Dan Hunter has transitioned himself from a very good CPG marketer into a leading mind of Canada's research community as a partner at IMI International. Dan is also a former colleague from my Procter & Gamble days, so I was happy when he accepted my invite to speak at our recent Word of Mouth Conference on the powderkeg topic of measuring peer generated media and word of mouth.
1) Measurement of any marketing tactic has come under greater scrutiny over the last few years, are we getting better as an industry?
Yes, I believe we are getting better as an industry. First the differentiation between below the line and above the line is rapidly blurring if not disappearing all together. There are two implications to this change in thinking: i) All marketing executions are perceived as valuable and ii) Measurement of all brand activation techniques including Word of mouth is important. As integrated campaigns with 360 degree of touch-points are implemented, managers are asking themselves what the impact is from each and what the appropriate expenditure against each is. At IMI, we measure all marketing activity using the same metrics and use dollars as a common denominator. With a database of over 8,000 case studies we are in a unique position to provide our clients with ROI on all their brand activities including word of mouth. We know our clients are asking the right questions with regard to measurement and asking the questions is leading to new and useful solutions.
2) Word of mouth is a particularly tricky one since its frequently spontaneous, any trick on how to measure it?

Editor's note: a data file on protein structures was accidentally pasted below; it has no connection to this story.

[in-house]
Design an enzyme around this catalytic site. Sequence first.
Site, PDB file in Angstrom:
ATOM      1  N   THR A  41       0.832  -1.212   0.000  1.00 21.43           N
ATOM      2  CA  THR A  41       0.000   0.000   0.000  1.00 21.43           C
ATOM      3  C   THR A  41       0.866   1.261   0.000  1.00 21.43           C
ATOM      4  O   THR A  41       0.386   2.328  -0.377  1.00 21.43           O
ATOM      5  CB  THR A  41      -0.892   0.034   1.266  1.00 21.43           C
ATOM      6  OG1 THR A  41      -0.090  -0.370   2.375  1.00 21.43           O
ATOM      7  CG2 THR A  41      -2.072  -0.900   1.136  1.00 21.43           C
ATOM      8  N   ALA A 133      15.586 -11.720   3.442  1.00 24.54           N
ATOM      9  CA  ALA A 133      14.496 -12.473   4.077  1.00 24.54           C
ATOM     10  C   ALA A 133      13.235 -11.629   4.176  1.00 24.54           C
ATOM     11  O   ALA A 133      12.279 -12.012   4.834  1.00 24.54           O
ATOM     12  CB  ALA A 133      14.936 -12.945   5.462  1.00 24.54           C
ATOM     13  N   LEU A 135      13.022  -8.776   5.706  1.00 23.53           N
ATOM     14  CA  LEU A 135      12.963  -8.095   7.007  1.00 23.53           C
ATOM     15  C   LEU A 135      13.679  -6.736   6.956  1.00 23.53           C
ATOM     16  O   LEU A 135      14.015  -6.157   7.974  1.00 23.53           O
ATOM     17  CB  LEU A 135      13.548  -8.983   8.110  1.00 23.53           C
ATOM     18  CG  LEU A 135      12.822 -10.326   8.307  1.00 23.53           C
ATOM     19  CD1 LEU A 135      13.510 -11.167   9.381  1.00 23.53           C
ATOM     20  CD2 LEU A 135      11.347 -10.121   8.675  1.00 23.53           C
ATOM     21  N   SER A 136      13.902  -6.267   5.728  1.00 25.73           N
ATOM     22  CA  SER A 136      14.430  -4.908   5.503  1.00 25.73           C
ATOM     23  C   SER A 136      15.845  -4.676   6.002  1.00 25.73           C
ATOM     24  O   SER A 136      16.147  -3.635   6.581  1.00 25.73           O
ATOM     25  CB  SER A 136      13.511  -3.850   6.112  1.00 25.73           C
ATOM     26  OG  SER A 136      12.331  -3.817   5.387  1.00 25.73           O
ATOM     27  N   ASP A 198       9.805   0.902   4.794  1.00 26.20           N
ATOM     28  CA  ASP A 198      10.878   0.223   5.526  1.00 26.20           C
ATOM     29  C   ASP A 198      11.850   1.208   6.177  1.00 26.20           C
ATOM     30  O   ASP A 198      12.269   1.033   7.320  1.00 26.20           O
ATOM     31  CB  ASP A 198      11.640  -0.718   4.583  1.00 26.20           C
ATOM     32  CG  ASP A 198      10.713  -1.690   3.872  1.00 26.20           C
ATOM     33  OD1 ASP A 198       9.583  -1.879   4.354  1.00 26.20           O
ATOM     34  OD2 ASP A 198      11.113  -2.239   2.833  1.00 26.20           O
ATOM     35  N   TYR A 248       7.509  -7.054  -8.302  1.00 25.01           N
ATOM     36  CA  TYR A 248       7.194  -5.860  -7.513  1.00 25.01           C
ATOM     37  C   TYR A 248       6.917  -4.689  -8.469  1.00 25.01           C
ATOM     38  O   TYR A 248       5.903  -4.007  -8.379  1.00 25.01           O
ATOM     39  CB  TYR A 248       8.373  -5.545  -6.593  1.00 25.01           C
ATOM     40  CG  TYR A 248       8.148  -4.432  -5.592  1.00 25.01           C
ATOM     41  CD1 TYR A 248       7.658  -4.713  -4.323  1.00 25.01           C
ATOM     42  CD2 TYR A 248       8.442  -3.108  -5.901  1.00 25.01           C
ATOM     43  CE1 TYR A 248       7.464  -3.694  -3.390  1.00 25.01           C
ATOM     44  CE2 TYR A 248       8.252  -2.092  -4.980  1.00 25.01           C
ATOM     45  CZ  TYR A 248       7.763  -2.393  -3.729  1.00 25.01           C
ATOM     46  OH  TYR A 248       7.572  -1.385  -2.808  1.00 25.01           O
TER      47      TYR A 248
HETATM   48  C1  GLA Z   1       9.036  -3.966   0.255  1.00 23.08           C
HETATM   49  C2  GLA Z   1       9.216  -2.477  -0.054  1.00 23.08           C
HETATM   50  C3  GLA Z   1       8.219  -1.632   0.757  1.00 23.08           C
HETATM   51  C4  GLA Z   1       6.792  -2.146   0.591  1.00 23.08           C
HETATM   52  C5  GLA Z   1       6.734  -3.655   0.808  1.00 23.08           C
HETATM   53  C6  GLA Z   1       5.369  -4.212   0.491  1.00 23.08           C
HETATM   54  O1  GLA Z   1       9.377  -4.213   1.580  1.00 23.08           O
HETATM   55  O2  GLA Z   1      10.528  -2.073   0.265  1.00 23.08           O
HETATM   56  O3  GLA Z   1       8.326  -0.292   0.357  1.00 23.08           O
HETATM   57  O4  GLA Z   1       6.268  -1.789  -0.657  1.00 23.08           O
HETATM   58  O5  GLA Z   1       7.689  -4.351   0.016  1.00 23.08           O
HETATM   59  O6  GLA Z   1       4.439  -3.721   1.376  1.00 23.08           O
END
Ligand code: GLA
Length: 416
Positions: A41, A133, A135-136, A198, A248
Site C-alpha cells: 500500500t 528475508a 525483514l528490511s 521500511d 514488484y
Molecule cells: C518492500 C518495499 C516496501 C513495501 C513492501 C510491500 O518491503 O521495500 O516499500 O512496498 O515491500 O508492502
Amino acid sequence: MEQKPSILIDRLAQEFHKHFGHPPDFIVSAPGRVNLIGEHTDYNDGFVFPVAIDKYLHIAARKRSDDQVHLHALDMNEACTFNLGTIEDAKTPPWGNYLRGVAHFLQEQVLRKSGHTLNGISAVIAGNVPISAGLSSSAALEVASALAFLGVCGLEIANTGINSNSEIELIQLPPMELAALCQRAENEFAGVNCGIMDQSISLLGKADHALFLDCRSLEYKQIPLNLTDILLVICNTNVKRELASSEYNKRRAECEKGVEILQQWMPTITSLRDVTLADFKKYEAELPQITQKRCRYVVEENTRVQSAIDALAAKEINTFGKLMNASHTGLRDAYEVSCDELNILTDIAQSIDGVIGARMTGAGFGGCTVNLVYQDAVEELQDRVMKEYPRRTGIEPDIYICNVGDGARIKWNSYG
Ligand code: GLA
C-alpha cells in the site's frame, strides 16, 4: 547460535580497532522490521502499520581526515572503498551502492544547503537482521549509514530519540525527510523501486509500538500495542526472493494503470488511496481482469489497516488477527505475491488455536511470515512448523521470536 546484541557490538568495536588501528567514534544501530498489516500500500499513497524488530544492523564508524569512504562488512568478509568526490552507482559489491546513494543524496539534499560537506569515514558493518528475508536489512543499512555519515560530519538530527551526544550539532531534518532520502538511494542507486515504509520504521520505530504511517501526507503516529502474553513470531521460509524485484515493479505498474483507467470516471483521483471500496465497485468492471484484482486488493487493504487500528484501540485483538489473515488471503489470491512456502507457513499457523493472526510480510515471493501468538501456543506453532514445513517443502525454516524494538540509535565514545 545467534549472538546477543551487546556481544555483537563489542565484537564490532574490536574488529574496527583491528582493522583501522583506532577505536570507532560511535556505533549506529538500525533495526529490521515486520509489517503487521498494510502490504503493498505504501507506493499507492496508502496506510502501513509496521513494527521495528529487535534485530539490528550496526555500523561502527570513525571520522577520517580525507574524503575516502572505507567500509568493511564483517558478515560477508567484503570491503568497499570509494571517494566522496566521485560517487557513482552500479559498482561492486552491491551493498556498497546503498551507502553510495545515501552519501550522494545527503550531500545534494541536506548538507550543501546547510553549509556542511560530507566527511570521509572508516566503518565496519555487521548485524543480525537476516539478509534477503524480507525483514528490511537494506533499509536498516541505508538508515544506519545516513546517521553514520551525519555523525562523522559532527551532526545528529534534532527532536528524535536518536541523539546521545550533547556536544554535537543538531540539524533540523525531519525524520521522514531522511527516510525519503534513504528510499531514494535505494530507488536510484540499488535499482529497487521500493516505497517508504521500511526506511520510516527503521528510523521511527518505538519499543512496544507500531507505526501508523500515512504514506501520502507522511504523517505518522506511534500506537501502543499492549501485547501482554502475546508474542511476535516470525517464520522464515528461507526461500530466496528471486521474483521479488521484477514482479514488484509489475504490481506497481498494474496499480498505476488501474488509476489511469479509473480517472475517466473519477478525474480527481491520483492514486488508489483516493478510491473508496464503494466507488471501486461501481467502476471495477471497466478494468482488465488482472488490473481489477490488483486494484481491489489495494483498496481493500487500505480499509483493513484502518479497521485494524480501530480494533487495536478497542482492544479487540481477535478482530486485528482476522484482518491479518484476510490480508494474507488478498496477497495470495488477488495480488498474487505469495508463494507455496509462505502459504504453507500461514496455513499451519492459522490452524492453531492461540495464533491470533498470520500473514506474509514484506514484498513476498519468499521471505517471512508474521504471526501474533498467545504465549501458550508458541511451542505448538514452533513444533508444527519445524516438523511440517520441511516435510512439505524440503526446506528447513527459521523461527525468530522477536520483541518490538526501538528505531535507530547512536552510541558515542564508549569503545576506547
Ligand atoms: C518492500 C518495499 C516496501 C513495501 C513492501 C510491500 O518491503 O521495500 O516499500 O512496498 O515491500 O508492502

A brand's health is a sum of its in-market activities. At our WOM conference, Rushkoff used a bookstore analogy with the two buzz camps referred to as Fiction (the mythology that brand advertising creates) and Non-Fiction (news stories, customer service experiences, product satisfaction etc). The salient buzz (positive or negative) can be tracked by search (outbound) and from recipients (received, recalled) through consumer research. Using multivariate techniques the source of that awareness can also be identified which leads directly to evaluating the “buzz” from specific marketing initiatives as well as consumer trial and interaction with the company. This measurement is significantly enhanced with a historical database that allows the 'self-statement' bias to be comparable and provide some context of the self-stated information. The impact of the “buzz” when measured can be related to the dollars spent to achieve it leading to valuable ROI for the marketer. If the salient good and bad news 'buzz' surrounding a brand is measured a more holistic view on why brand equity measures are up down, or whether consumers are being driven to purchase, over a given time period is achieved.
3) What are the key metrics people should be looking at with a word of mouth experiential campaign? Any differences between online vs. offline-driven campaigns?
Clearly, an experiential campaign will have
to consider quality of impression' or impact in order to justify its budget
compared to mass marketing. The trick is to isolate the change in
attitudes and behaviour that are driven by the experiential marketing campaign as a good start,
and then understand recommendations made from attendees, and received and
recalled messages to non-attendees as potential recipients of
Word-of-Mouth. They can provide both the 'what' is being said and 'how
much' to size it compared to other similar campaigns. The
depth of change on the key metrics will differ across categories; Instant
consumables can have greater purchase change in the
short-term versus hard-goods or long purchase cycle items. Regardless
of category, however, do not forget to consider the efficiency driven
by WOM: Our studies clearly show that consumers who hear brand
activation details through WOM are more likely to a) understand and b)
participate as a result of the info, versus those that did not hear it from
WOM. As to the difference between on-line & off-line campaigns, the
content and key metrics need to be comparable, although information from
on-line is much easier for the consumer to acquire. To measure the impact